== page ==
Own your space, but don't "camp out."

Keep your items like coats, purses, and laptops in front of you and don't hang your things over any stools you aren't using. Just because the bar might seem empty at that moment doesn't mean it won't fill-up while you are there. Use common sense and you'll be appreciated by everyone.

Bar napkins, straws, stir-stix, etc., are there for a purpose, and that doesn't include tearing them up into little pieces and littering the bar.

This happens more often than one would think and it just shows a lack of caring for the people serving you. Also, if you have a cold, as many people have had during this already long winter, don't blow your nose with a beverage napkin and leave it or piles of them on the bar. It's one of those things that people don't do purposely, but it is unsanitary and compromises the health of the bartender and everyone at the bar. Simply put them in your pocket or somewhere where you can dispose of them later.

Never, ever mention the T-Word.

Tipping is a somewhat complicated subject and the mention of it at anytime is a big no-no. Yes, bartenders rely on tips; and yes, you should tip unless the service is insulting or god-awful, but statements like, "I'll take care of you" or "I'm a good tipper" I have found generally produce the opposite result. If you want to appear to be a rube, by all means, go ahead and mention it, but don't expect a pleasant response. There is an implied contract between bartender and customer that doesn't need amplification. It is a gift, and an acknowledgement of good service, and it should always be discreet. It is a private transaction and requires a level of sophistication that ensures that privacy.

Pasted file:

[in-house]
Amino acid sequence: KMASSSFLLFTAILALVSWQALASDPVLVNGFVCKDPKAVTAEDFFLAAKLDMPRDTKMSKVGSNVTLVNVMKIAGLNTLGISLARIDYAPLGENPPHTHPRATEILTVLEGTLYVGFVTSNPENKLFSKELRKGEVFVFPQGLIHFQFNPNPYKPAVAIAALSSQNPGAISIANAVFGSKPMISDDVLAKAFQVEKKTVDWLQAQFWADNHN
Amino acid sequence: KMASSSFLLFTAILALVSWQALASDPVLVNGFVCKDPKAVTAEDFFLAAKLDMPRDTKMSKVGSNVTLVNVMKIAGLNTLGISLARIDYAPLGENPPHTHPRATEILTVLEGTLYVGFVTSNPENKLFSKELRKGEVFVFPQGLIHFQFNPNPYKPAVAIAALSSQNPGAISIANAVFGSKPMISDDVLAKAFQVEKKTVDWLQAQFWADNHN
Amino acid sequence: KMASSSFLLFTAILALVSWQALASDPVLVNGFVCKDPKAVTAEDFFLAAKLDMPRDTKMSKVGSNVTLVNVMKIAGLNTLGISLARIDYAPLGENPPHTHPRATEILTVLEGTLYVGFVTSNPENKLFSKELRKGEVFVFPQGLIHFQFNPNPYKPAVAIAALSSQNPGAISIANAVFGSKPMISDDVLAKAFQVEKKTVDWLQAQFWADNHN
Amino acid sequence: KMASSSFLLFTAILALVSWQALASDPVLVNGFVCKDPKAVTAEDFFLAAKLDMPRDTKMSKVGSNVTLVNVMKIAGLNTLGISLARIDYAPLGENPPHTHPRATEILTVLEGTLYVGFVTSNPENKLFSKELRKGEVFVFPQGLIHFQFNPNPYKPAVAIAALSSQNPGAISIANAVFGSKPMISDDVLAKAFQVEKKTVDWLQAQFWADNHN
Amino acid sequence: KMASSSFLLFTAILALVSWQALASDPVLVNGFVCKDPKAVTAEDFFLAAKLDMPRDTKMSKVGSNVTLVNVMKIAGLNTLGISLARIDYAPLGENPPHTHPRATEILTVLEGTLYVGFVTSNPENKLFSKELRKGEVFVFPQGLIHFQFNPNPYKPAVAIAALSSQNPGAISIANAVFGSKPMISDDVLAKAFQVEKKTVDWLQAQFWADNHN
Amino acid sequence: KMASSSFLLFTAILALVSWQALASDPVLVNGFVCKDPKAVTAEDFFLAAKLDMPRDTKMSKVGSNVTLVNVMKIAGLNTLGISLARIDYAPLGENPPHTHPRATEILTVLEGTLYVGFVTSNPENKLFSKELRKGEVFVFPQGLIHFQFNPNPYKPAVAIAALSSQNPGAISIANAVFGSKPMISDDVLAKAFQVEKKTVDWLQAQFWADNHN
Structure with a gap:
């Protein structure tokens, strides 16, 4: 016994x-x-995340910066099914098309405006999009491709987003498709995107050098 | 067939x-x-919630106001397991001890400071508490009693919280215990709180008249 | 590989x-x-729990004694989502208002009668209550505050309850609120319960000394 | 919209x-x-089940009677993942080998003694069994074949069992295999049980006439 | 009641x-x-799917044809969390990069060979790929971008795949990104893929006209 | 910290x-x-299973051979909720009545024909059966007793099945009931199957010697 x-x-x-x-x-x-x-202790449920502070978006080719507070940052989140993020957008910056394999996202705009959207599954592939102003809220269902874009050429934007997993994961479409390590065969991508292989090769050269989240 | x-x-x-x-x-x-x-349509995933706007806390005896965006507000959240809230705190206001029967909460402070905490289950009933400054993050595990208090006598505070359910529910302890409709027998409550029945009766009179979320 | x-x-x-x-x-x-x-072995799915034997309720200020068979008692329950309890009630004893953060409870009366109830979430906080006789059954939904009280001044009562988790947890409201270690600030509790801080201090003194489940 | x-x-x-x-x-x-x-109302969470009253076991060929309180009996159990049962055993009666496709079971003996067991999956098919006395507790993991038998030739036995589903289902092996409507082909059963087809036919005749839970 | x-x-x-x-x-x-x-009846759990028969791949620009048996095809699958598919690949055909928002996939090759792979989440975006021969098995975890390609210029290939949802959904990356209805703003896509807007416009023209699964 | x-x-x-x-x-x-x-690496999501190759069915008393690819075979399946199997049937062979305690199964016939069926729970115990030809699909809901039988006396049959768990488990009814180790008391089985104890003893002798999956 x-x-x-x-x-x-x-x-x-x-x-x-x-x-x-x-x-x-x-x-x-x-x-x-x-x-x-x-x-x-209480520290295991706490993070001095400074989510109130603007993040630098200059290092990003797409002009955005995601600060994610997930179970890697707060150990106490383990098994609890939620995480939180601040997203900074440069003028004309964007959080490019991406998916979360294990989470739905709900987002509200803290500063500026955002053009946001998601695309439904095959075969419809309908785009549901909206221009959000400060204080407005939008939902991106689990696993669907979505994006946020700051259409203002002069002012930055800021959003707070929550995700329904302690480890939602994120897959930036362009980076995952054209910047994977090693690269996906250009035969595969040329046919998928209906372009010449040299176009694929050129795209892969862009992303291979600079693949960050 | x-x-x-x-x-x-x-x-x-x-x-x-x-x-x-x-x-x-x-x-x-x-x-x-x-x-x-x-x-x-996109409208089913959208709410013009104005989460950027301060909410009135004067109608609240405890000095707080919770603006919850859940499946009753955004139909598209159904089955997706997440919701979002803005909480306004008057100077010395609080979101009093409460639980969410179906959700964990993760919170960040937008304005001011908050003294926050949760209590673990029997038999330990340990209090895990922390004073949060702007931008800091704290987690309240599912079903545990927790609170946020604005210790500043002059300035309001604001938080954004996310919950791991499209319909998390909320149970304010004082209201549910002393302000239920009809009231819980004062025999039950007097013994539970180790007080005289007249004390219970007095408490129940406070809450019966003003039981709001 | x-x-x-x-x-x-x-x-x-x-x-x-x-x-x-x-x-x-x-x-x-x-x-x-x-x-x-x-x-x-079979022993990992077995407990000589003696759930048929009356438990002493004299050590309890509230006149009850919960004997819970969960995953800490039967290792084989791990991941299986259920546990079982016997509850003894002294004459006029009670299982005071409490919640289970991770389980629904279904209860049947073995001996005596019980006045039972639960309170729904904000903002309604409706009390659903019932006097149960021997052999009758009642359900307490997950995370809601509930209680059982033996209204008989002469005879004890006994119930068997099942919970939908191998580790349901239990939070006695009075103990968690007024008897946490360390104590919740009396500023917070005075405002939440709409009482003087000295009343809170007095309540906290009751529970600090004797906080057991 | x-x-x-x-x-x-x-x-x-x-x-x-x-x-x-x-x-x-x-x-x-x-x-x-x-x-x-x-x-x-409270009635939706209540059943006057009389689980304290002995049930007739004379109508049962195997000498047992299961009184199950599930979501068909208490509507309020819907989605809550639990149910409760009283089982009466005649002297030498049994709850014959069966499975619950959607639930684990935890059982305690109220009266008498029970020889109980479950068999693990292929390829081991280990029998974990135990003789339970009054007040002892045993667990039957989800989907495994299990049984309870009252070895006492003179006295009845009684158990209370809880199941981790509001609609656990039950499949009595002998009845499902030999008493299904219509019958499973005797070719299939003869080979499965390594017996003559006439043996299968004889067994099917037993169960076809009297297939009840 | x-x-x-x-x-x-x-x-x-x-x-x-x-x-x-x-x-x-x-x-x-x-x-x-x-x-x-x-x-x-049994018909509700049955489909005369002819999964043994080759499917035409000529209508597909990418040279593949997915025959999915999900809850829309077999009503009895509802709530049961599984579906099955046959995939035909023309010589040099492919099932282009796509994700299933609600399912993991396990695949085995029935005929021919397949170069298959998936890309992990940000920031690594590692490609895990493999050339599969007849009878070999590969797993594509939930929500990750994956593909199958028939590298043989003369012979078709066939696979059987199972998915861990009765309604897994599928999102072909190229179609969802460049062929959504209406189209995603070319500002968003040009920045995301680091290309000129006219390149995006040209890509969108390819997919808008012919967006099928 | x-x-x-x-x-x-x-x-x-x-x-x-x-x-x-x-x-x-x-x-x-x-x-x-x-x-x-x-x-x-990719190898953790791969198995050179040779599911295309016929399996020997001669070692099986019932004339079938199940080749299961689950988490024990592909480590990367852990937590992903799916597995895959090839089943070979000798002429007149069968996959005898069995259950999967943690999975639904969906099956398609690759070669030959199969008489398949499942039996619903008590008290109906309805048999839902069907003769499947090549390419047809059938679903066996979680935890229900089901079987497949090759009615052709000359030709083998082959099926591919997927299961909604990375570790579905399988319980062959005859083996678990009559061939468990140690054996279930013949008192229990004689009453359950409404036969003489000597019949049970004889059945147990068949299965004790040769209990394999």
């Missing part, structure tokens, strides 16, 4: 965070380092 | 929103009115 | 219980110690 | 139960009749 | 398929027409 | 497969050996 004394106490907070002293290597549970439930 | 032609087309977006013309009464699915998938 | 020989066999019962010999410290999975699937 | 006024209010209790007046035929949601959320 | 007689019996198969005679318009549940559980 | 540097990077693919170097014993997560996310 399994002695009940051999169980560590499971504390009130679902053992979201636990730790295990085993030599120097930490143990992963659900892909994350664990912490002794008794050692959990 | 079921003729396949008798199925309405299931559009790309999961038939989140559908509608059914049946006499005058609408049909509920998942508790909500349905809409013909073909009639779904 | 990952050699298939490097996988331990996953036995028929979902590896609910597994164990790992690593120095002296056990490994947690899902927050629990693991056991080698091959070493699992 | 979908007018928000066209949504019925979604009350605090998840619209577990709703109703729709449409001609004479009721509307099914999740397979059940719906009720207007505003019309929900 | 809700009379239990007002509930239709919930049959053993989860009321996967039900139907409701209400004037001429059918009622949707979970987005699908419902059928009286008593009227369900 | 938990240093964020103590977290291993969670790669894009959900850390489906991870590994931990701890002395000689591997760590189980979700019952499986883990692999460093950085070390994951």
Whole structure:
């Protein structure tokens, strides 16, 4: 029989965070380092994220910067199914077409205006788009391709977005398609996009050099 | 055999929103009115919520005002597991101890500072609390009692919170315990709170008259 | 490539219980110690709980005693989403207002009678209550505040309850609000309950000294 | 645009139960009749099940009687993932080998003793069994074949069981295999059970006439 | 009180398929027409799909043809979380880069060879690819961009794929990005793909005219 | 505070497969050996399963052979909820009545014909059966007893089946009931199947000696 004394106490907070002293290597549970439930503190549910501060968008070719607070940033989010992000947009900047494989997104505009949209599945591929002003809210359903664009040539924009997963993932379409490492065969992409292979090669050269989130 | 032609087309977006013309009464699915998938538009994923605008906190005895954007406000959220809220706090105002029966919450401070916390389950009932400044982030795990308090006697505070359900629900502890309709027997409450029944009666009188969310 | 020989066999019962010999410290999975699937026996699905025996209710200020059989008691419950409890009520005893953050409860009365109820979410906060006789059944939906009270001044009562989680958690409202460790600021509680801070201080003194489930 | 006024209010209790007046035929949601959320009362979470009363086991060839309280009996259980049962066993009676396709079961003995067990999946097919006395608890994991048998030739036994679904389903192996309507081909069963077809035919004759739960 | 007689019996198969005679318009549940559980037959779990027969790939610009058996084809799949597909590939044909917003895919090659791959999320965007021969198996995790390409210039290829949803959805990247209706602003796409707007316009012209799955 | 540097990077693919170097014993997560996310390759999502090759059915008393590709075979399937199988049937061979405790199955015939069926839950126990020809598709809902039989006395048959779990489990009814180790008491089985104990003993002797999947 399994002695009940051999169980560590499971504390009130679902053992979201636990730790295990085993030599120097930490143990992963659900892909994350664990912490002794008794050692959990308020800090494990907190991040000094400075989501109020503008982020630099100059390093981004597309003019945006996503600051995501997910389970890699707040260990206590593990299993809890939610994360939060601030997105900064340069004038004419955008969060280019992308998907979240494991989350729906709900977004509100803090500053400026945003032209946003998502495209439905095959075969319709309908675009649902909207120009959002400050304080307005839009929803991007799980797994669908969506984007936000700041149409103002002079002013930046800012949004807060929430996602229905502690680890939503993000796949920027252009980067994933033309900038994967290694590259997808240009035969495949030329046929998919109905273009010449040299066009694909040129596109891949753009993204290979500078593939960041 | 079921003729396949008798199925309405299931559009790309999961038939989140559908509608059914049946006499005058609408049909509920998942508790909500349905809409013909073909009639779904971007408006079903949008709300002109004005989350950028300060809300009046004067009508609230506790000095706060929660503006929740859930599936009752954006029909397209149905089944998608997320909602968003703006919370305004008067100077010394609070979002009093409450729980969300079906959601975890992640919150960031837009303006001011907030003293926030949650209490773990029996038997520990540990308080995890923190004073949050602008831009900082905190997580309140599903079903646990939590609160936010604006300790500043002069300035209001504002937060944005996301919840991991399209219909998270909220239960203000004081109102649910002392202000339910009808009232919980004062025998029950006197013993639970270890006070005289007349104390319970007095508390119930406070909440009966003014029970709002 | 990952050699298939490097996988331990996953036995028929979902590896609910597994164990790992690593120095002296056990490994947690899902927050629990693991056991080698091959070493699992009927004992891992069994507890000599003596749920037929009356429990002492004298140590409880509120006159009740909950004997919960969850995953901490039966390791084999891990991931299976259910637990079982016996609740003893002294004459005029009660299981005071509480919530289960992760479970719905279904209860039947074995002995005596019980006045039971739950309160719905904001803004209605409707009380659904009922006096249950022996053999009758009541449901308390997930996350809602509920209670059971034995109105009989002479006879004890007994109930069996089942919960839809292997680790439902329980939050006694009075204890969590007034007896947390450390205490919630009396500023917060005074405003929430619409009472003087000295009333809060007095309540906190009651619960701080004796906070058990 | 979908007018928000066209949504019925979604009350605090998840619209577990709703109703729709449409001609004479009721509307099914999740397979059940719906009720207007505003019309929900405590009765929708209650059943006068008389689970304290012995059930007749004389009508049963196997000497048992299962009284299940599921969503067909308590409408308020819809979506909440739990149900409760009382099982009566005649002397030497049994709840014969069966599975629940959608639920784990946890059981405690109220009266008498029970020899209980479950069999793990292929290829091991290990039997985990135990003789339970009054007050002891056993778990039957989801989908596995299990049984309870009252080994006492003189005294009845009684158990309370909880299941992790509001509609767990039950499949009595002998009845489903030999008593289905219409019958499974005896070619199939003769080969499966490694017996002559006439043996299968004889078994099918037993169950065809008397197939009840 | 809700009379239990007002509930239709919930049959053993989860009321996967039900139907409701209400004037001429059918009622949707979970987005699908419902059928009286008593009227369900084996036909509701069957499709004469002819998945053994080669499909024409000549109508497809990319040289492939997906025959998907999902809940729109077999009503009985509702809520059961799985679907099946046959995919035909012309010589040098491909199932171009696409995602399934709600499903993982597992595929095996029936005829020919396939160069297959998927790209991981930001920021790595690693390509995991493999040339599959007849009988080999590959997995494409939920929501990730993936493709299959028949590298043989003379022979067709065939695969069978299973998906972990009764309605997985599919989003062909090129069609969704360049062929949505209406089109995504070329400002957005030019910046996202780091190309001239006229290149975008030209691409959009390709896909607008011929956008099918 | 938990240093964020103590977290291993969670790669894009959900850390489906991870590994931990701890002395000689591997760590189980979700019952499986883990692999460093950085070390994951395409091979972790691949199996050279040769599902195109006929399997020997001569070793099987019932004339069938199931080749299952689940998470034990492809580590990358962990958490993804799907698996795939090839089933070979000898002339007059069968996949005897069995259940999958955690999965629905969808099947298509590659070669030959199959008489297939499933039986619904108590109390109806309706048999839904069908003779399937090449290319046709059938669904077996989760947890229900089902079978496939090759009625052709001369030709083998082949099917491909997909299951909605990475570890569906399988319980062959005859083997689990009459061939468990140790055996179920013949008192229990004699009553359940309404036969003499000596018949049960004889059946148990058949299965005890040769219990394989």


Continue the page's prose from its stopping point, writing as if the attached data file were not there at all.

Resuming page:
Never ask for a free drink or say something like, "Is this one on you?"

If the bartender decides for whatever reason to buy you a drink, it is up to their discretion and also it is up to the "house rules" to dictate what, if anything can be bought. Some houses don't allow for buybacks, so you should never put that out to your bartender. In some houses or areas of the country, there are rules such as a free round per every so many rounds. That isn't an industry standard and therefore should not be expected. You have to ask yourself, why you would ever mention it. Are you short of cash? Is the place too expensive? If so, it's time to go, not time to "work the bartender."

Your seat at the bar.